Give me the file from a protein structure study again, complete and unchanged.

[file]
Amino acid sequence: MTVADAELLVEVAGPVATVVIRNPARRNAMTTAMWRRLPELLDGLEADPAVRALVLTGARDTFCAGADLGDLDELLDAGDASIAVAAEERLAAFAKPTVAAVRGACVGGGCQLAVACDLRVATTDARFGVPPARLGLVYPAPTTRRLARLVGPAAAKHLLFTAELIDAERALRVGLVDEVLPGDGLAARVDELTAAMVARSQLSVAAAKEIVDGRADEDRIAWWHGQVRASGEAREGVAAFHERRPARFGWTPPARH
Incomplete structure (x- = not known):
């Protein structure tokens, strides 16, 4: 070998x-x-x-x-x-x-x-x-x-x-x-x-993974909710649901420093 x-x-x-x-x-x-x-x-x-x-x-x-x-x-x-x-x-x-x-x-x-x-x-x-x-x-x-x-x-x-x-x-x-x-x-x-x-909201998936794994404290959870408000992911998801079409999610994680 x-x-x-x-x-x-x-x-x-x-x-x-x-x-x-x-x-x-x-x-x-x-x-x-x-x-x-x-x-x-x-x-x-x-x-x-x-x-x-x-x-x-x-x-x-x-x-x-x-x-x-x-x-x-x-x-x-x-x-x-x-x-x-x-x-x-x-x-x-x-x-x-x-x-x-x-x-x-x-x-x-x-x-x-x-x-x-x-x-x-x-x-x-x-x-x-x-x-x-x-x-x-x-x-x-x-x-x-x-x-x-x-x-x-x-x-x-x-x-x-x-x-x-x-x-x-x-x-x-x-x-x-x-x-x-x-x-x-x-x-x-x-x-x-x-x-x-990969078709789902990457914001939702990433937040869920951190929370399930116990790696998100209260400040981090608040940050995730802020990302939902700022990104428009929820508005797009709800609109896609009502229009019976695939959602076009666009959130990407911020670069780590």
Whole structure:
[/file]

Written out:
Amino acid sequence: MTVADAELLVEVAGPVATVVIRNPARRNAMTTAMWRRLPELLDGLEADPAVRALVLTGARDTFCAGADLGDLDELLDAGDASIAVAAEERLAAFAKPTVAAVRGACVGGGCQLAVACDLRVATTDARFGVPPARLGLVYPAPTTRRLARLVGPAAAKHLLFTAELIDAERALRVGLVDEVLPGDGLAARVDELTAAMVARSQLSVAAAKEIVDGRADEDRIAWWHGQVRASGEAREGVAAFHERRPARFGWTPPARH
Incomplete structure (x- = not known):
């Protein structure tokens, strides 16, 4: 070998x-x-x-x-x-x-x-x-x-x-x-x-993974909710649901420093 x-x-x-x-x-x-x-x-x-x-x-x-x-x-x-x-x-x-x-x-x-x-x-x-x-x-x-x-x-x-x-x-x-x-x-x-x-909201998936794994404290959870408000992911998801079409999610994680 x-x-x-x-x-x-x-x-x-x-x-x-x-x-x-x-x-x-x-x-x-x-x-x-x-x-x-x-x-x-x-x-x-x-x-x-x-x-x-x-x-x-x-x-x-x-x-x-x-x-x-x-x-x-x-x-x-x-x-x-x-x-x-x-x-x-x-x-x-x-x-x-x-x-x-x-x-x-x-x-x-x-x-x-x-x-x-x-x-x-x-x-x-x-x-x-x-x-x-x-x-x-x-x-x-x-x-x-x-x-x-x-x-x-x-x-x-x-x-x-x-x-x-x-x-x-x-x-x-x-x-x-x-x-x-x-x-x-x-x-x-x-x-x-x-x-x-990969078709789902990457914001939702990433937040869920951190929370399930116990790696998100209260400040981090608040940050995730802020990302939902700022990104428009929820508005797009709800609109896609009502229009019976695939959602076009666009959130990407911020670069780590």
Whole structure: